It has been said that it takes a special person to be a caretaker. These people volunteer to do the jobs that some people could never imagine doing. The kind of special person that can make the biggest impact on a person's life is a nurse.
Reilly Sharp, a senior at Auburn University, is studying to become a nurse. Sharp knew at an early age that becoming a nurse is who she aspired to be. It was no surprise to her that she was interested in taking care of people because of her dad who also works in the medical field.
"I always knew I wanted to help and be there for people because I have always liked taking care of people," said Sharp.
While Sharp was in high school, she experienced a time when her mother was very sick. She saw the impact her mother's nurses made during the days she struggled with her sickness.
"I saw how her day was affected when she had a nurse simply there just to take care of her compared to when she had a nurse who actually cared," said Sharp.
Through this eye-opening experience and after shadowing doctors and nurses is when Sharp realized taking care of people was important to her. She aspired to make an impact in people's life by truly caring for people who needed help the most.
"I want to be an advocate for the family and the patient and not just there to take care of them," said Sharp.
Since her time in nursing school, Sharp has experienced rewarding moments with her patients that have assured she is making a difference to them. One of her special moments was with one of her elderly patients during her first semester at Russell Medical Center in Alexander City.
"During our first semester, we are given easy responsibilities like giving baths, which is not everyone's favorite part of the job," laughed Sharp. "One day I was washing this lady's feet, and she leaned down and kissed the top of my head and said to me, 'Thank you so much because I know it takes a special person to do this.'"
As a part of their clinical experience, Auburn nursing students volunteer their expertise and assistance to nursing mothers during home football games. They are set up at private tents in different areas including the Auburn Arena, in front of the Jordan-Hare stadium and inside the stadium.
"It's a calm environment that reduces stress where moms can nurse their infant in privacy," said Sharp. "We have a rocking chair and changing tables for them, and if they have siblings then we have coloring and face painting stations for them too."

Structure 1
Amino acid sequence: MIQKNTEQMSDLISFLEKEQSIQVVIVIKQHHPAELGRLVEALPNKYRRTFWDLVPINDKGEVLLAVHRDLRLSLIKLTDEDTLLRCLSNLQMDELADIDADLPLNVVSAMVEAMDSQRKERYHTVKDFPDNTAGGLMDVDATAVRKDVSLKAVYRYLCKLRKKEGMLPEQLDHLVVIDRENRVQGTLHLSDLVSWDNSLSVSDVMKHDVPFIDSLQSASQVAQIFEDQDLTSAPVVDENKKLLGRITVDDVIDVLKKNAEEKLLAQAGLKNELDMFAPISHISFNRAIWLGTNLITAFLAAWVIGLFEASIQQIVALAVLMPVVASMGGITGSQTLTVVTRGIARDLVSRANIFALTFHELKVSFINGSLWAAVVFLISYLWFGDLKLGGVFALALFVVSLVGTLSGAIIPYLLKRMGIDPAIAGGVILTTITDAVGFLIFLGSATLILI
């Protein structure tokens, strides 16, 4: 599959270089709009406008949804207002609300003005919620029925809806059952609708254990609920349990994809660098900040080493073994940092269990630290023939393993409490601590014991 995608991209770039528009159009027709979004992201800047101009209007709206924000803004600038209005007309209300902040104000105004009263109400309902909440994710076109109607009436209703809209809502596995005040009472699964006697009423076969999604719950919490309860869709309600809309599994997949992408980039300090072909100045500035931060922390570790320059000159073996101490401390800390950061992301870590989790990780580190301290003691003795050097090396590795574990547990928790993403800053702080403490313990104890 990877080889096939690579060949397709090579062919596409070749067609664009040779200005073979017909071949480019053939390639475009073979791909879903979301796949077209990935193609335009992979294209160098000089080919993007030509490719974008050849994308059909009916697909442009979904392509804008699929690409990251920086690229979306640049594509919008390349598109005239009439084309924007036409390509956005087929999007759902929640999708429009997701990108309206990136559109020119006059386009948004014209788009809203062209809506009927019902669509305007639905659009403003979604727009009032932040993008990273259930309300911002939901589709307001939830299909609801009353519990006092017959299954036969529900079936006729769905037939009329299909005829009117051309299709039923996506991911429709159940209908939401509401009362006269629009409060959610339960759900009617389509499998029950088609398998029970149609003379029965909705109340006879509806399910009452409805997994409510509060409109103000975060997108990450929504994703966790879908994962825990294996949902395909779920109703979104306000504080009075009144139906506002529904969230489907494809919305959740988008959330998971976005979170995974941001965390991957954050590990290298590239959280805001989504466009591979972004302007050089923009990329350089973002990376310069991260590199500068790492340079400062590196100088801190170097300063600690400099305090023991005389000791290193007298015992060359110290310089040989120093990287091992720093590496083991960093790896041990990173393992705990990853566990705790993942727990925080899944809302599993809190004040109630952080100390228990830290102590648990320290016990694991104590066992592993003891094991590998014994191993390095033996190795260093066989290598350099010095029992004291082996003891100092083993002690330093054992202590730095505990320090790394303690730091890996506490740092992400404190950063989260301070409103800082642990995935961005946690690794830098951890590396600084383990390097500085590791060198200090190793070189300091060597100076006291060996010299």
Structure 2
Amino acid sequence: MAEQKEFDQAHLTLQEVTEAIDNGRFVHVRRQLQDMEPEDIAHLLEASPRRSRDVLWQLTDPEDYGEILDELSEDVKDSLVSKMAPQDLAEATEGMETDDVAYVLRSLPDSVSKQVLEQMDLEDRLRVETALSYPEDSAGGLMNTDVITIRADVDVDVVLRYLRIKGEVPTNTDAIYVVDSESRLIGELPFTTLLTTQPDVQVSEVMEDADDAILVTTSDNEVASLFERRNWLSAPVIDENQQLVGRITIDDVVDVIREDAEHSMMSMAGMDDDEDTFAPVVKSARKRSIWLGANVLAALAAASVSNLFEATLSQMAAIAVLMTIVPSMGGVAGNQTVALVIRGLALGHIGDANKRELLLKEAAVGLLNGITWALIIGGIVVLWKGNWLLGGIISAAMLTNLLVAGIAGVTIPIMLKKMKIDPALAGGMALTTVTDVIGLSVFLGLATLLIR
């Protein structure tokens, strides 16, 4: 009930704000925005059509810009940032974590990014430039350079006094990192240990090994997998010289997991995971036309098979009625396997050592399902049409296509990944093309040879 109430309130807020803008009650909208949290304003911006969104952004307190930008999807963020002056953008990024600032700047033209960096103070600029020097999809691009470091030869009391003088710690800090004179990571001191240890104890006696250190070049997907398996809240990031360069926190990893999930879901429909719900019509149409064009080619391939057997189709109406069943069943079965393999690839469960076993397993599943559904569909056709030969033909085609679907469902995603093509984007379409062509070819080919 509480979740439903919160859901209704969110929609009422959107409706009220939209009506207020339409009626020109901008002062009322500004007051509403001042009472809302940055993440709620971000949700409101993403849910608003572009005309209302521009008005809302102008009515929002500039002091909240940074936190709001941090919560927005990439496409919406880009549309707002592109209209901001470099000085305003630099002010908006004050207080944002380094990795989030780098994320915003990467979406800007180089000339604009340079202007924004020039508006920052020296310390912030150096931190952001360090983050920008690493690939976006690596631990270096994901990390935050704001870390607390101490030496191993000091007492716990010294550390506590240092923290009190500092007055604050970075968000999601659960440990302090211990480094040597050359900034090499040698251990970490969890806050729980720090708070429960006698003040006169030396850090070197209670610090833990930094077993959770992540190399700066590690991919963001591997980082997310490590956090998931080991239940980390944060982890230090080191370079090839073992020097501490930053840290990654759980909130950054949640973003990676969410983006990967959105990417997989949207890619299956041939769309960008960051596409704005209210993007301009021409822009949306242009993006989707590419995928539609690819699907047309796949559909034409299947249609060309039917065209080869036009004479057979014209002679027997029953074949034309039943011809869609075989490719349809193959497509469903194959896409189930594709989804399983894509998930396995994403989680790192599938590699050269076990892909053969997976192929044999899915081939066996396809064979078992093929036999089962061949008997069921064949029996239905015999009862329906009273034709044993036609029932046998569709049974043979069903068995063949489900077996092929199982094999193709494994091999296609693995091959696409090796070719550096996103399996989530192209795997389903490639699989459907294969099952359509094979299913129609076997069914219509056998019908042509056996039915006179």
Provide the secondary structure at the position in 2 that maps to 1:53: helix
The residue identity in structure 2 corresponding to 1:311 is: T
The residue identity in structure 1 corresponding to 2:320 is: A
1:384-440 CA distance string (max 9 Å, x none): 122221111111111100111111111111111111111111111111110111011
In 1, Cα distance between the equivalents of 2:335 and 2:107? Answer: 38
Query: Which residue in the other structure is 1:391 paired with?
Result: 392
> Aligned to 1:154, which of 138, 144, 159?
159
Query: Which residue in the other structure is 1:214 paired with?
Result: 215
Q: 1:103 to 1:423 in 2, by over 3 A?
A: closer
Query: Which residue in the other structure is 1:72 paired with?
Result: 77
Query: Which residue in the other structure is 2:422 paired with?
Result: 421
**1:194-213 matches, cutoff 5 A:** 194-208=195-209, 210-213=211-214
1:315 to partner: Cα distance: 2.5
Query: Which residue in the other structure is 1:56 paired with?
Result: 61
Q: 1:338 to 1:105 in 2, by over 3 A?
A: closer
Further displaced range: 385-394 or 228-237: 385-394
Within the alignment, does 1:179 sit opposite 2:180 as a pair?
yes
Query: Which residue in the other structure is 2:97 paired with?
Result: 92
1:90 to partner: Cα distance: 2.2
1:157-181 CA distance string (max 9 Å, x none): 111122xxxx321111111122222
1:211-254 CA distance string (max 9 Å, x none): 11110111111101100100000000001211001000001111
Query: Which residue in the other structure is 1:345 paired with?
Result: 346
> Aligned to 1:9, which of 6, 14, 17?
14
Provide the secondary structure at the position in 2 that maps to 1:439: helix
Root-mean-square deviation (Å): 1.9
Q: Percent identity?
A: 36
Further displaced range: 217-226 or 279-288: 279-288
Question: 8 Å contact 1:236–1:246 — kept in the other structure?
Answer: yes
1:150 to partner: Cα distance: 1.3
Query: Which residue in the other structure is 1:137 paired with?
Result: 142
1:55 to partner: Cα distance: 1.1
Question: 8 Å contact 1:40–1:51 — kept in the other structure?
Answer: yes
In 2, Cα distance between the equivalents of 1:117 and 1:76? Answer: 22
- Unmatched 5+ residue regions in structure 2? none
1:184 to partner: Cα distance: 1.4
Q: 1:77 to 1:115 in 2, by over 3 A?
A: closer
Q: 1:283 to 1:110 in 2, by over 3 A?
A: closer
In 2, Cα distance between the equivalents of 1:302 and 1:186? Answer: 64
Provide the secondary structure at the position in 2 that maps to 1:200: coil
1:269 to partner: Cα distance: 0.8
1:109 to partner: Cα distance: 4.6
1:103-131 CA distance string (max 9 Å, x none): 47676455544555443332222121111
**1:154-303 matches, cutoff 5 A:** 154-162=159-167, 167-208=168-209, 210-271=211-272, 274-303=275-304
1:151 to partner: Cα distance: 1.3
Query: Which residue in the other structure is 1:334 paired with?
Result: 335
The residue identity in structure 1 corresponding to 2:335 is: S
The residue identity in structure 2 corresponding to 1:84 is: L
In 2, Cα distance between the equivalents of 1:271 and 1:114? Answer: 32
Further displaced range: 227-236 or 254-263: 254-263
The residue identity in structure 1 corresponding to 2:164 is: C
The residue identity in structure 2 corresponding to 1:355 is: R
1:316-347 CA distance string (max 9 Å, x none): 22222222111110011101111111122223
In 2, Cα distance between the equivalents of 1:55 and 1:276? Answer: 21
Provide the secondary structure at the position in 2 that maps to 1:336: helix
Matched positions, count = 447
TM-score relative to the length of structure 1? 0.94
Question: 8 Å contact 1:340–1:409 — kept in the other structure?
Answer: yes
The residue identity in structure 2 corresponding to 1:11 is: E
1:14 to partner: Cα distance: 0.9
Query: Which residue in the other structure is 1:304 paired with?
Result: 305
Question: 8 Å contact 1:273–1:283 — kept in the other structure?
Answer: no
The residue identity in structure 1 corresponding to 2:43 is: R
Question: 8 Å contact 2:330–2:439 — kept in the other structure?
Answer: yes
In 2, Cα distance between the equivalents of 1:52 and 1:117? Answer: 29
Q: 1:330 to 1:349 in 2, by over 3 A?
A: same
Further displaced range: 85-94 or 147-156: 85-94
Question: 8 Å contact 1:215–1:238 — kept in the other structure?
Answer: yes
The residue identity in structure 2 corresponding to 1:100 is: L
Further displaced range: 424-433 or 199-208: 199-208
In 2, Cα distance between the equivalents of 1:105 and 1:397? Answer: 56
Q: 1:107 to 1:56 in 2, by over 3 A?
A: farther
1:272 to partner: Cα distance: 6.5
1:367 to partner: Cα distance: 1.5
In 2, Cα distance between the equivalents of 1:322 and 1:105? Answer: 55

Sharp aspires to become a labor and delivery nurse one day because of the circumstances her family experienced when her younger twin siblings were born. One of her twin siblings, Kate, was born with Down syndrome and her family was not aware of her special needs until she was born. It is a known fact that babies with Down syndrome are born with heart problems but the Sharp family was lucky to discover that Kate didn't have any heart issues.
"As a labor and delivery nurse, I want to be an advocate for those patients, new moms, or families who have a child with special needs," said Sharp. "Experiencing it with my sister was eye-opening, and I know I can be a backbone for those families since I know what they are going through."
This semester Sharp is doing her clinical training at Brookwood Medical Center in Birmingham. She rotates every day between mother and baby, the NICU, and the labor and delivery floor. This experience allows her to see all aspects of Obstetrics.
One day while Sharp was working on the labor and delivery floor, she had a unique experience with one of her patients.
"This patient quickly went into labor before the doctor could make it down so the nurse and I had to deliver her baby," said Sharp. "At that exact moment is when I knew I wanted to be able to help bring people into this world."
"Being a nurse is such a rewarding experience, and especially being a nurse for moms and babies is indescribable unless you have seen it for yourself," said Sharp.
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